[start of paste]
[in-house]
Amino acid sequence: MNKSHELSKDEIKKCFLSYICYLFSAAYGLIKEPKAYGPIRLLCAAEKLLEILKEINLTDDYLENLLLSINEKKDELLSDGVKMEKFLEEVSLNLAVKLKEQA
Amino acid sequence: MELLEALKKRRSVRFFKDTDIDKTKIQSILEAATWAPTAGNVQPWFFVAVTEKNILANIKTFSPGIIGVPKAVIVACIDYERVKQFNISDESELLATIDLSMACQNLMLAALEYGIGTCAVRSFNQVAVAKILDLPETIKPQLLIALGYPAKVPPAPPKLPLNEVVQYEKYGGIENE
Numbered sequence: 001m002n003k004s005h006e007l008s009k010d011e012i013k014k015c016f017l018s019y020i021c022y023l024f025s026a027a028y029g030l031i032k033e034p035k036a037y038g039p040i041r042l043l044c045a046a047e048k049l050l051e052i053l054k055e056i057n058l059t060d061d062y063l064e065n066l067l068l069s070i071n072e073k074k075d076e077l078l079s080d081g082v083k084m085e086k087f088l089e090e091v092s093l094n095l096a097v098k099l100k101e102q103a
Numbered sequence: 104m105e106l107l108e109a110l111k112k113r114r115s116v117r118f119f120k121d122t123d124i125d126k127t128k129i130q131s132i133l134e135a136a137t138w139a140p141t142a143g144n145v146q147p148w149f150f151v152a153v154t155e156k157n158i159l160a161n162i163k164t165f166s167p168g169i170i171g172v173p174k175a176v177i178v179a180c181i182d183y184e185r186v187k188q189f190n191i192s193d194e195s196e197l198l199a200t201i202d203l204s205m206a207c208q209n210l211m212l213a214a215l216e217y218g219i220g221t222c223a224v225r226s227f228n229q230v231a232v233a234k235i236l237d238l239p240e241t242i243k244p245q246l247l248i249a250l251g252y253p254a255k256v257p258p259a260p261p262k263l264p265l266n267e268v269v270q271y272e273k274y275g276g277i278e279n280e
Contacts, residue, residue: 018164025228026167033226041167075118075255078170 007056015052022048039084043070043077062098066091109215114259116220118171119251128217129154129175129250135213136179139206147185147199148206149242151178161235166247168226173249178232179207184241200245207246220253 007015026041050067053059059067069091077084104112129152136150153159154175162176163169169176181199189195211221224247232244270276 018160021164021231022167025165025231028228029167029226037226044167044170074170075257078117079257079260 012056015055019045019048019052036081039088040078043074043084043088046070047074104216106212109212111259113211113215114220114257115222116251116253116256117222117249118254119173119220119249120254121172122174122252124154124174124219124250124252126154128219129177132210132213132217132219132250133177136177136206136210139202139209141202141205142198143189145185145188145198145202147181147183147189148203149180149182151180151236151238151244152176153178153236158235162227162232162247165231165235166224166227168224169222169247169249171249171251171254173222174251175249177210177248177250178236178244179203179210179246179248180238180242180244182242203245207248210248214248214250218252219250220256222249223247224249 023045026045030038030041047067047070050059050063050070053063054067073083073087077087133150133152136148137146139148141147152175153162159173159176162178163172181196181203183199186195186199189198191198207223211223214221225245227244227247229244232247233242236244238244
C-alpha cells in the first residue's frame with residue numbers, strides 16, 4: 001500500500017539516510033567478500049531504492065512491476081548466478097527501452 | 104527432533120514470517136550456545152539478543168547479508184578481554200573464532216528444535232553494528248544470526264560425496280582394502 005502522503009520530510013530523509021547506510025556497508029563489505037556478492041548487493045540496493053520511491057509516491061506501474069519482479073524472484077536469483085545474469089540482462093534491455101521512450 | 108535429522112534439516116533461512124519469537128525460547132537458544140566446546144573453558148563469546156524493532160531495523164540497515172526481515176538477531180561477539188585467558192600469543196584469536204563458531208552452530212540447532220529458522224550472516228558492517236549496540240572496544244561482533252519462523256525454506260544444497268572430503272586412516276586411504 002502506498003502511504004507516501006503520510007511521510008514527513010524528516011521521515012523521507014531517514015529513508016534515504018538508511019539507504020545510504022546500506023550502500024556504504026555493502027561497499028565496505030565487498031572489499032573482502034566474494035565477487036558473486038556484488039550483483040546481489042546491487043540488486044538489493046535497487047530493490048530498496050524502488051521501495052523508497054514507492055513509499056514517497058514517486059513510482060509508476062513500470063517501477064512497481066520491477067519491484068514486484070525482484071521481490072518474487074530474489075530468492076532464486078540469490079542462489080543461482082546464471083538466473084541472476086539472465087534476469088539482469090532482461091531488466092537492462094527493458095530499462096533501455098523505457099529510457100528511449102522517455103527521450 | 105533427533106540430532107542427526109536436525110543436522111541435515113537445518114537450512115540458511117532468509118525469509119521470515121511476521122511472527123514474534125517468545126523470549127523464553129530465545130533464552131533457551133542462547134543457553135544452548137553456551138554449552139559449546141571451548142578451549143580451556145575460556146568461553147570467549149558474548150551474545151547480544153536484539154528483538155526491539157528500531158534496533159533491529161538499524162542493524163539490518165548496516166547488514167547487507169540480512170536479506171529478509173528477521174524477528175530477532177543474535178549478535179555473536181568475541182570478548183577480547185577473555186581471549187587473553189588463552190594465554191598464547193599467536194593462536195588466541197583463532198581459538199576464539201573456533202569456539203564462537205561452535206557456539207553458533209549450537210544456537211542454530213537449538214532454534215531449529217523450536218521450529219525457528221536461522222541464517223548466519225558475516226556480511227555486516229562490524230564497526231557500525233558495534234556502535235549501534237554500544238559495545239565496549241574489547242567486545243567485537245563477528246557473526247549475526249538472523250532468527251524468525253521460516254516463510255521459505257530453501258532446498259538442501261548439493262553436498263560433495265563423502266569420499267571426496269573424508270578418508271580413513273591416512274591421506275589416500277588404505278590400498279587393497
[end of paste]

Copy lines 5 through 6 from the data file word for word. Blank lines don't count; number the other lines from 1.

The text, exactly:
Numbered sequence: 104m105e106l107l108e109a110l111k112k113r114r115s116v117r118f119f120k121d122t123d124i125d126k127t128k129i130q131s132i133l134e135a136a137t138w139a140p141t142a143g144n145v146q147p148w149f150f151v152a153v154t155e156k157n158i159l160a161n162i163k164t165f166s167p168g169i170i171g172v173p174k175a176v177i178v179a180c181i182d183y184e185r186v187k188q189f190n191i192s193d194e195s196e197l198l199a200t201i202d203l204s205m206a207c208q209n210l211m212l213a214a215l216e217y218g219i220g221t222c223a224v225r226s227f228n229q230v231a232v233a234k235i236l237d238l239p240e241t242i243k244p245q246l247l248i249a250l251g252y253p254a255k256v257p258p259a260p261p262k263l264p265l266n267e268v269v270q271y272e273k274y275g276g277i278e279n280e
Contacts, residue, residue: 018164025228026167033226041167075118075255078170 007056015052022048039084043070043077062098066091109215114259116220118171119251128217129154129175129250135213136179139206147185147199148206149242151178161235166247168226173249178232179207184241200245207246220253 007015026041050067053059059067069091077084104112129152136150153159154175162176163169169176181199189195211221224247232244270276 018160021164021231022167025165025231028228029167029226037226044167044170074170075257078117079257079260 012056015055019045019048019052036081039088040078043074043084043088046070047074104216106212109212111259113211113215114220114257115222116251116253116256117222117249118254119173119220119249120254121172122174122252124154124174124219124250124252126154128219129177132210132213132217132219132250133177136177136206136210139202139209141202141205142198143189145185145188145198145202147181147183147189148203149180149182151180151236151238151244152176153178153236158235162227162232162247165231165235166224166227168224169222169247169249171249171251171254173222174251175249177210177248177250178236178244179203179210179246179248180238180242180244182242203245207248210248214248214250218252219250220256222249223247224249 023045026045030038030041047067047070050059050063050070053063054067073083073087077087133150133152136148137146139148141147152175153162159173159176162178163172181196181203183199186195186199189198191198207223211223214221225245227244227247229244232247233242236244238244